“Hey, uncle,” she said, like she’d just come in from school. Like she wasn’t five hundred miles from home. Like he expected her.
Robert met that I-dare-you gaze for one long moment, seeing, with painful memory, himself at fourteen, fifteen, wanting somebody to—
Without a word, he opened the screen door. He didn’t yell or ask what the hell she was doing. He simply pushed the door aside, opened his arms and she fell against him, her twig arms fierce against his ribs, her relief an almost palpable presence. She didn’t have to tell him she was in trouble, that she’d run away, that she had nowhere else to go.
When her tough-girl facade cracked, it cracked wide open, and his fifteen-year-old niece, five months pregnant if she was a minute, burst into tears and sobbed like a baby. He just held on.
There wasn’t much room for her in his little house, and heaven knew he was the last man on earth who ought to be an example for anybody, but Robert held her while she cried, then sent her to take a shower while he made her a big bowl of soup. He made her eat, then put her to bed in his own room before he called his sister, Alicia, who responded pretty much as he’d expected—her new husband was more important to her than her daughter. Robert forgave her before he even hung up. They’d had the same mother after all.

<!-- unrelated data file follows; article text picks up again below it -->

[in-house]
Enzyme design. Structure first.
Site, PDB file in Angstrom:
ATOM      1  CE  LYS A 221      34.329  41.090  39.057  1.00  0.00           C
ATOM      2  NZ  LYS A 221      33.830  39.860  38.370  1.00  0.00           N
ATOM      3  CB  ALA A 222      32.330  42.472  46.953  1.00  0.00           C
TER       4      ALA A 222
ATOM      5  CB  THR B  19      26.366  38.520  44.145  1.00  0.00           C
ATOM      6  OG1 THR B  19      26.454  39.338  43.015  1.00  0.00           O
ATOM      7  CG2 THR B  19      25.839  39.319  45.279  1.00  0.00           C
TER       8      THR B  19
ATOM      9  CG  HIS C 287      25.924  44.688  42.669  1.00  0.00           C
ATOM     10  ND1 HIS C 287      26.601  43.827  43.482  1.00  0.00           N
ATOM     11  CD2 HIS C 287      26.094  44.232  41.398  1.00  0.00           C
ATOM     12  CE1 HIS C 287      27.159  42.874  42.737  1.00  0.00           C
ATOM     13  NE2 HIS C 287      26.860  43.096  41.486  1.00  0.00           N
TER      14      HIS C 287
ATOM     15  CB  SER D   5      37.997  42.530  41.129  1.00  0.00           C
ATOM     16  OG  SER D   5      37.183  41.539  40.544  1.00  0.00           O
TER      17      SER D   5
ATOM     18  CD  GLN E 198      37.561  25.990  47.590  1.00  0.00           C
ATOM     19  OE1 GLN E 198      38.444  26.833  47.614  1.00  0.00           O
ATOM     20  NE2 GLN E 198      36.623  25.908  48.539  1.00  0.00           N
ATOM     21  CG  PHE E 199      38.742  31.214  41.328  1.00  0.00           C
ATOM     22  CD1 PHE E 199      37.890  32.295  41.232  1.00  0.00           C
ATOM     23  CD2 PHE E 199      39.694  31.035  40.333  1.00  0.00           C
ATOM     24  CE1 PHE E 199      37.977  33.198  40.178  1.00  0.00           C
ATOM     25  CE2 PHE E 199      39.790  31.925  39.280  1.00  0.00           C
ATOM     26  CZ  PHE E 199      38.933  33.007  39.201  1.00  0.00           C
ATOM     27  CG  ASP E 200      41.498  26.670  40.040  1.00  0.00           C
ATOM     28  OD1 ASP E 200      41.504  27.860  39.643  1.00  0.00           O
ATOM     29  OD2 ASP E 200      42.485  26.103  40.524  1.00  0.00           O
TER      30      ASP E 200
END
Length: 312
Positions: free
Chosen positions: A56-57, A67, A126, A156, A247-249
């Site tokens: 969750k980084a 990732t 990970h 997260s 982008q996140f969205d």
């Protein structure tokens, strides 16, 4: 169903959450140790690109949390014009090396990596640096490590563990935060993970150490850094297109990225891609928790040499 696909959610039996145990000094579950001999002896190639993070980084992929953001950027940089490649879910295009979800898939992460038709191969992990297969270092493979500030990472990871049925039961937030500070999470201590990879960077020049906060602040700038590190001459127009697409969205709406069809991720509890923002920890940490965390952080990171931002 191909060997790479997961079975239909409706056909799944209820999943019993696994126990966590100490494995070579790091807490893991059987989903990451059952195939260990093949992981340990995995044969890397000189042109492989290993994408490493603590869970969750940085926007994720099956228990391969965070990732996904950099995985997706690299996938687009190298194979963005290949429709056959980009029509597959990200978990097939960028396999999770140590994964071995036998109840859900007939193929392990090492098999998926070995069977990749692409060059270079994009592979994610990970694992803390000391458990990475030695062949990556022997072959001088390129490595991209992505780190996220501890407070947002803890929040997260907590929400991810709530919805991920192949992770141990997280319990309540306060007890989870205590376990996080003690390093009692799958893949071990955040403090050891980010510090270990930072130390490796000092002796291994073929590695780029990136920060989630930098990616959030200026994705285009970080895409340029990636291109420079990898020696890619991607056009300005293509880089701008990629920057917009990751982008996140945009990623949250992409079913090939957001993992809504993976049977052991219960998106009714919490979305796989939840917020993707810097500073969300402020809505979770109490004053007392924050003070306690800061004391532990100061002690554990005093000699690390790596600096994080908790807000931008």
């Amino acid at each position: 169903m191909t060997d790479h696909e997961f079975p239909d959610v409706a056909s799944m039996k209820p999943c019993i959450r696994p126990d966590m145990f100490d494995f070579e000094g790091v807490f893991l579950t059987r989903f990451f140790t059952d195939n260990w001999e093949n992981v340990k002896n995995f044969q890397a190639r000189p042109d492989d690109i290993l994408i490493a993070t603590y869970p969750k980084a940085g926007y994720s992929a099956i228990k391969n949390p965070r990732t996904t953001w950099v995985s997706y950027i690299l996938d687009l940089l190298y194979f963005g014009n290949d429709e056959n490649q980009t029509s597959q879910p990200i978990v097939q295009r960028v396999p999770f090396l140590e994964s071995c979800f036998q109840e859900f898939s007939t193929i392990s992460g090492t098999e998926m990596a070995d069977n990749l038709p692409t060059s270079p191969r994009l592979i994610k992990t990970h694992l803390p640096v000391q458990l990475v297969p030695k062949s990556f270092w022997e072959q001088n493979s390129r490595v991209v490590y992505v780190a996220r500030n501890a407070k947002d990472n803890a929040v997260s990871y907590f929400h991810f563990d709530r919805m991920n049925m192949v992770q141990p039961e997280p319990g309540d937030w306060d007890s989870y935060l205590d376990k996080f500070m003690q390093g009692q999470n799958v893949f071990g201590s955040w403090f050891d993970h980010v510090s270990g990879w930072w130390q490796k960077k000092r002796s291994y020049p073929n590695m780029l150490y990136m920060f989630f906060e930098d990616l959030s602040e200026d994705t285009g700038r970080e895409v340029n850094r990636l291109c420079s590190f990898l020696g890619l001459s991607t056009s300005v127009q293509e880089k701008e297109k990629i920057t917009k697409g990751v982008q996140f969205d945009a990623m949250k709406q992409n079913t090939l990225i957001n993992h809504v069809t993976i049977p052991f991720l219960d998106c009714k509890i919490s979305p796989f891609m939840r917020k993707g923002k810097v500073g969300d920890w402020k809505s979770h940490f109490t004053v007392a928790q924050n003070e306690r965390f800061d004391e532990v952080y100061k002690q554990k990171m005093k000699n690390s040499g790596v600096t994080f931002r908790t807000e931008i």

He leaned in the doorway and watched Crystal sleep, a knot of pain in his chest. No matter how bad he’d be at the father thing, he was better than nobody. He’d managed to oversee a motley crew of soldiers through a war—how bad could one teenage girl be?